Nearby, find the silver plaque at the entrance to Cosgrove Hall Court and rue the day that developers turned the former Cosgrove Hall Films premises into retirement flats rather than an animation museum. Some of the UK’s most recognisable children’s TV programmes were produced here - including Danger Mouse, Count Duckula and Chorlton and the Wheelies - and the archive is now based at Waterside Arts Centre in Sale.
Walk along Keppel Road, where The Bee Gees lived for almost eight years of their childhood, to the Banksy-style portrait of Quentin Crisp on the corner. The eccentric writer, actor and gay icon died in Chorlton and was cremated at Southern Cemetery: the largest municipal cemetery in the UK (second largest in Europe), home to the graves of local legends including L.S. Lowry, Tony Wilson and Sir Matt Busby.
Top up your picnic basket at North Star Deli and Tiny’s Tipple before heading to Chorlton Water Park, passing Aycliffe Avenue (where George Best lived on and off in the sixties/seventies) on your way. Enjoy a picnic by the lake, a flooded gravel pit which was excavated during construction of the M60, with Mersey Paradise by The Stone Roses playing quietly in the background (it was inspired by the area). The 170-acre nature reserve feels worlds away from the city, with a thriving bird population to spot (including ducks to feed) and opportunities for water sports and fishing.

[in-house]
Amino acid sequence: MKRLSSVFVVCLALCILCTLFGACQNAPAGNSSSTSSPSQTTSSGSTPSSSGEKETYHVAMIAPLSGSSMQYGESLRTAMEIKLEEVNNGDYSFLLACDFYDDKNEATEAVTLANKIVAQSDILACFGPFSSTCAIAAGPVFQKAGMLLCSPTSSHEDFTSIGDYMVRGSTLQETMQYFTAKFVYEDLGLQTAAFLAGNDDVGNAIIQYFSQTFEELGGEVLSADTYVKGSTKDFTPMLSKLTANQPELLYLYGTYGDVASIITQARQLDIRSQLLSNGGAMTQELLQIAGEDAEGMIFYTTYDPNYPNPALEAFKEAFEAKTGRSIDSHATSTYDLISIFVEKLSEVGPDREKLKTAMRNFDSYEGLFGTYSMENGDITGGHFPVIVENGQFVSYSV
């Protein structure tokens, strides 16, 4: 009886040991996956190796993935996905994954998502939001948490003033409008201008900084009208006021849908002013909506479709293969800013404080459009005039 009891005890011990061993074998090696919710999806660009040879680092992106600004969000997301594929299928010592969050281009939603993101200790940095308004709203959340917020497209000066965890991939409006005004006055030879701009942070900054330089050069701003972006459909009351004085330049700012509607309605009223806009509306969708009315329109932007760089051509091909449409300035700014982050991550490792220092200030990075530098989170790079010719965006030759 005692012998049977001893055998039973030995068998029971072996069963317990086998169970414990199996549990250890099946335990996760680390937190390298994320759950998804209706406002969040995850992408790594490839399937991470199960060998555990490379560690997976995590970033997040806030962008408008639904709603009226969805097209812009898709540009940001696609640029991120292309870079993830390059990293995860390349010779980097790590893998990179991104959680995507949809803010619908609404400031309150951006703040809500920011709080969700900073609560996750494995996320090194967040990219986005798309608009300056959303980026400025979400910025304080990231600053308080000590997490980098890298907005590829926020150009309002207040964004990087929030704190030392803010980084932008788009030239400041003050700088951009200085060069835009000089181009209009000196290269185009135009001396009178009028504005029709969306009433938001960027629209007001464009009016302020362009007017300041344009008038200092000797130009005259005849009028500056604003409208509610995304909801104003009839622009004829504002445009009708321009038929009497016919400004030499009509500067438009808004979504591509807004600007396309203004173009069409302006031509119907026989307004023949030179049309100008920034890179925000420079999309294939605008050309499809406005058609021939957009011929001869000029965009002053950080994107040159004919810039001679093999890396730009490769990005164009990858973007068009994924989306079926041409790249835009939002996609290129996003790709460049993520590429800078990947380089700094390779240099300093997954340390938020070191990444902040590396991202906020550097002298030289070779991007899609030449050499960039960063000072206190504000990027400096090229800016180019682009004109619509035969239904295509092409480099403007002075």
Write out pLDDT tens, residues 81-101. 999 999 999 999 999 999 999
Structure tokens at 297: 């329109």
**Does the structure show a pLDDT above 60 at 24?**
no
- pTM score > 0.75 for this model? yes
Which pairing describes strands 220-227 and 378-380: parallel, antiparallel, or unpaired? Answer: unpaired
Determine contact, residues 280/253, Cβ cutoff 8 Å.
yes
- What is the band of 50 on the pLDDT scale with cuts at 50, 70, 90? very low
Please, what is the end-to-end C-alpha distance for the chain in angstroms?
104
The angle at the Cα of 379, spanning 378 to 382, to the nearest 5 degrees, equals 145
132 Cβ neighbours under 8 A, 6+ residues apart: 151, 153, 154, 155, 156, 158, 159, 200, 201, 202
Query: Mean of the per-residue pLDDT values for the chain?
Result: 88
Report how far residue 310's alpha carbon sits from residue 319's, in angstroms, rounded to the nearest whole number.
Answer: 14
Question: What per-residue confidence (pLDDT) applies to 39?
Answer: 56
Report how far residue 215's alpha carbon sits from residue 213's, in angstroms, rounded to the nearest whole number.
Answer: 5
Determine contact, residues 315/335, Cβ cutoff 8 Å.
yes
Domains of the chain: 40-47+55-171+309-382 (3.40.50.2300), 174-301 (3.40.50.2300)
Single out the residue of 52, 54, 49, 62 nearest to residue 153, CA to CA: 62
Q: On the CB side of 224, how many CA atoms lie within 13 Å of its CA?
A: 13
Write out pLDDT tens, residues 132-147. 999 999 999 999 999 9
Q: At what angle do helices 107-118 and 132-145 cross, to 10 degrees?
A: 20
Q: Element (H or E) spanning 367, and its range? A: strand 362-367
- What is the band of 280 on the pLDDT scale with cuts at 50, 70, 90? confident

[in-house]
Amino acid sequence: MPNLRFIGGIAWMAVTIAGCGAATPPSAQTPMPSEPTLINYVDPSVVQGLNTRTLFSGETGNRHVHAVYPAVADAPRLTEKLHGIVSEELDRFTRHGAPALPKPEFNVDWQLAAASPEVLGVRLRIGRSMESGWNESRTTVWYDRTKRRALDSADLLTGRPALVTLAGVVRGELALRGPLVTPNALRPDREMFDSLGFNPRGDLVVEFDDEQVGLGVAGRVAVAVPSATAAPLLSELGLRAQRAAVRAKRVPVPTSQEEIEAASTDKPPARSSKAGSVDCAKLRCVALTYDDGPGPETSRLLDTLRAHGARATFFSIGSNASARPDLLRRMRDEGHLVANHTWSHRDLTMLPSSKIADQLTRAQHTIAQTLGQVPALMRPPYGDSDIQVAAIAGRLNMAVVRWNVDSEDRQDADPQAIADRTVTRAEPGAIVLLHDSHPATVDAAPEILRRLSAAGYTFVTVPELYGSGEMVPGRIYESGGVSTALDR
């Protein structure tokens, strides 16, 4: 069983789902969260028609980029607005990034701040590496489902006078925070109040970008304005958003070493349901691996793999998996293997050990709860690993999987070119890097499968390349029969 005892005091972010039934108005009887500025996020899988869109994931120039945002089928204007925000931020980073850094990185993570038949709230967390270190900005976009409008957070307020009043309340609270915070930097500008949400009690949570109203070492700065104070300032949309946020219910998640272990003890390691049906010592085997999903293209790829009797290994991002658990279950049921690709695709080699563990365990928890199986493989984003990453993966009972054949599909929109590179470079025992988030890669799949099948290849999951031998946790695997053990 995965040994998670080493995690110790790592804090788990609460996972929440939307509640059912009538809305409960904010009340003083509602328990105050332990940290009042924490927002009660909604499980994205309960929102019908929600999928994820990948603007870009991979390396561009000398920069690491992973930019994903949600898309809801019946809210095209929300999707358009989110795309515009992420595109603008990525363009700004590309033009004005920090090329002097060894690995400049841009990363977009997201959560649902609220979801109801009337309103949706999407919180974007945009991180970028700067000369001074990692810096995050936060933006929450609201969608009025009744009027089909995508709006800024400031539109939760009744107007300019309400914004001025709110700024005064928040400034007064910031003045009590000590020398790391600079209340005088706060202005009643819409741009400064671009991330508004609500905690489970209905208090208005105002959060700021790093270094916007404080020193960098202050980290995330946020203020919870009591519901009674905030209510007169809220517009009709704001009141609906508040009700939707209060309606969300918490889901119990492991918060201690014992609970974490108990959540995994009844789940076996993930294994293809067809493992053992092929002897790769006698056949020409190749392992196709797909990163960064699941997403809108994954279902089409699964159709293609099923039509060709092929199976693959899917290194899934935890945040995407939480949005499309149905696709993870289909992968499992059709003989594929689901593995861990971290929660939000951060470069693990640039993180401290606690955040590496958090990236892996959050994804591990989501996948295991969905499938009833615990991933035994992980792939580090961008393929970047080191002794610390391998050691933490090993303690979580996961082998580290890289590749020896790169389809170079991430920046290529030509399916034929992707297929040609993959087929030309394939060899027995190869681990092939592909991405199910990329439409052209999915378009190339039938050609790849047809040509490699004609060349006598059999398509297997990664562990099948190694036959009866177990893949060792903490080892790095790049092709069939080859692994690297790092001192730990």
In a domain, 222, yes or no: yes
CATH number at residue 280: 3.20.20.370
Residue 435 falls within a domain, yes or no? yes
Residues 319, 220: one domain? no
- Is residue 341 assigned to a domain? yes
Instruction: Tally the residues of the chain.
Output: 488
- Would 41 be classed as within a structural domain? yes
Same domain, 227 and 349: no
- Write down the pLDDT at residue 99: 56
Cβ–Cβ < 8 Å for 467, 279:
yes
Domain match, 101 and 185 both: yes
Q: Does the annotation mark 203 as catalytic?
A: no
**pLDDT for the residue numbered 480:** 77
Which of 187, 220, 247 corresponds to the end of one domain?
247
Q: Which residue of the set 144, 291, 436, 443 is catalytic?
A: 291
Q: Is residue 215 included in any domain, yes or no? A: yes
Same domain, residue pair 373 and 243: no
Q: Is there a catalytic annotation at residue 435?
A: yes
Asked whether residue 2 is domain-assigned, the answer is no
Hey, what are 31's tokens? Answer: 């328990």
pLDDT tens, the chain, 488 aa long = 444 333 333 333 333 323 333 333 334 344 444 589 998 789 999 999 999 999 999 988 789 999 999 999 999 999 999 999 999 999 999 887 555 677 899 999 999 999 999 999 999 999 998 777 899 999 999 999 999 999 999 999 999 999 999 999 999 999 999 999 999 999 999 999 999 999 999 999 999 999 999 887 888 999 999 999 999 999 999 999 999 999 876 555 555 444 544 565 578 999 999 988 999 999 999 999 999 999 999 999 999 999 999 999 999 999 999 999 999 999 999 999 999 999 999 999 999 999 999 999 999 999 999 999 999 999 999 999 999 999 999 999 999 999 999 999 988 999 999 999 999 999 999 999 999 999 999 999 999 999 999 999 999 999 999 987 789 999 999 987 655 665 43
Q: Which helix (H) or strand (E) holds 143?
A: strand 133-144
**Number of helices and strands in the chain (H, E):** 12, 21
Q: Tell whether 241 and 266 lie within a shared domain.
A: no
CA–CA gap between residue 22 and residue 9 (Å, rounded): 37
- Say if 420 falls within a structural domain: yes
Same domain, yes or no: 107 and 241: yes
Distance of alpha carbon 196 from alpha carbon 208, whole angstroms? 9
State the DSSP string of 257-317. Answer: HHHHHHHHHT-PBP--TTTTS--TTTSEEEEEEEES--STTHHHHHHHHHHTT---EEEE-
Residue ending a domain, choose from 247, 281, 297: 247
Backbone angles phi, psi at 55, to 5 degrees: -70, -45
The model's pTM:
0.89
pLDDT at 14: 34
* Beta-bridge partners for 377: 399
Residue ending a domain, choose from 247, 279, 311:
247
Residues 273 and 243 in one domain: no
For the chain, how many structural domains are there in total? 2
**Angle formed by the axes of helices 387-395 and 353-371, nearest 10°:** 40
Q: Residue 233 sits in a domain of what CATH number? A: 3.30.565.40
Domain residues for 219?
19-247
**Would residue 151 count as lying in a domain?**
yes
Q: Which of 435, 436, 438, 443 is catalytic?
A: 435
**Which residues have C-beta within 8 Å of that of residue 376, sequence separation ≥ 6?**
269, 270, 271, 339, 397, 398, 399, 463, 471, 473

Finish the weekend with dinner at Double Zero or Lord of the Pies; the former is known for authentic Neapolitan pizza (and BYO booze policy) and the latter offers award-winning pies with a variety of mash options. Or, if the weather’s bad, replace the picnic with Sunday lunch at The Creameries; the crowd-funded former dairy has been attracting attention for its menu based on locally grown vegetables, ethically sourced seafood and wild meat.
Chorlton has three tram stops (Chorlton, St Werburgh’s Road and Barlow Moor Road) but sadly no train station, although frequent bus routes serve Wilbraham Road and Manchester Road from the city centre. Parking is mainly available on street.